Example: 1. This presentation will help existing and new kernel developers better understand the state of the Linux kernel 2. It will hopefully encourage them, and the companies that they work for, to participate more in upstream kernel development.
Experience Level – Select the experience level (Beginner, Intermediate, Advanced, Any) of those who should attend this session.
- All speakers are required to adhere to our Code of Conduct. We also highly recommend that speakers take our online Inclusive Speaker Orientation Course.
- Panel submissions must include the names of all participants in the initial submission to be considered. In addition, The Linux Foundation does not accept submissions with all-male panels in an effort to increase speaker diversity.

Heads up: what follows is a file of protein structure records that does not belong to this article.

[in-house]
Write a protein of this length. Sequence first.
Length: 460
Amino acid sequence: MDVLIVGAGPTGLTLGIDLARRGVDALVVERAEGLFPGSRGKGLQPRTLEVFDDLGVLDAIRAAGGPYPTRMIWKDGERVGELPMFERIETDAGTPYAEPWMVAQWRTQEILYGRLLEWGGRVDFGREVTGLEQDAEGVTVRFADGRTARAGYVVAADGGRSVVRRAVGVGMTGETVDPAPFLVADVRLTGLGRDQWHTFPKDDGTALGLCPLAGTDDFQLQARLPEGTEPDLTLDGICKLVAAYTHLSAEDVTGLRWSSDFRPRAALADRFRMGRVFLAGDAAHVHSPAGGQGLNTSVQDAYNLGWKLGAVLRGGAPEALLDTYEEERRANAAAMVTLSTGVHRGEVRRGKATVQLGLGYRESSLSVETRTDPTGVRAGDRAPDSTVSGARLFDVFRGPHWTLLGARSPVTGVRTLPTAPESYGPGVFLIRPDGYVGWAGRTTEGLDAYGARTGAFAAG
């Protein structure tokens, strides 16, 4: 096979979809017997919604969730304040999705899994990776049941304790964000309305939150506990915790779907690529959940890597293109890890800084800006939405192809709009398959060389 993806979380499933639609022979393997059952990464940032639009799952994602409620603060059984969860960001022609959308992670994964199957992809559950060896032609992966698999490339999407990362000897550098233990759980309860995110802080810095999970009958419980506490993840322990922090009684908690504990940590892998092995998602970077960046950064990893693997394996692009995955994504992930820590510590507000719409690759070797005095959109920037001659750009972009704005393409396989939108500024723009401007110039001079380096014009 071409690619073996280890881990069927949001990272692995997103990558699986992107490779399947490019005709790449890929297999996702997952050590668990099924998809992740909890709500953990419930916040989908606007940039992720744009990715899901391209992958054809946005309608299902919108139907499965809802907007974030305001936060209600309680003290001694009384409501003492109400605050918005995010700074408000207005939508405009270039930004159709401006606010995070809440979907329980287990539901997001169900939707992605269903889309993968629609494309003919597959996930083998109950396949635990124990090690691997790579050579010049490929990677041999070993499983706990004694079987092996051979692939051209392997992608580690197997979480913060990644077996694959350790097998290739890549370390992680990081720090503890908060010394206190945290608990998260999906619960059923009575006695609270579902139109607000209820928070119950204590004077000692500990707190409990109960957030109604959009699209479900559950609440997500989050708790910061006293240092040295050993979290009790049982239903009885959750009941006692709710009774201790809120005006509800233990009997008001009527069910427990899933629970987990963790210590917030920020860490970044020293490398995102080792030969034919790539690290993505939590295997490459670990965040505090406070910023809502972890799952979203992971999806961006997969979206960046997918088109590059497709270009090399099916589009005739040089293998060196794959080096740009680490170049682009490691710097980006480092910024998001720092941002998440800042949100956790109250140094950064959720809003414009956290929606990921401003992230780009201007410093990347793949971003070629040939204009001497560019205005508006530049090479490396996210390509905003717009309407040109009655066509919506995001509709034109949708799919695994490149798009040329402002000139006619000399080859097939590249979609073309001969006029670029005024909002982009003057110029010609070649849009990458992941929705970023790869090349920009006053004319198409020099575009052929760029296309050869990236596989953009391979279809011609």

- Complimentary Passes For Speakers – One complimentary pass for the event will be provided per submission. In the instance that a submission has a co-speaker, they will receive a 40% discount off the all-access attendee registration price. For accepted panel discussions, up to 4 panelists, + 1 moderator will receive a complimentary event pass; additional panelists will receive a 40% discount off the all-access attendee registration price
- Avoid sales or marketing pitches and discussing unlicensed or potentially closed-source technologies when preparing your proposal; these talks are almost always rejected due to the fact that they take away from the integrity of our events, and are rarely well-received by conference attendees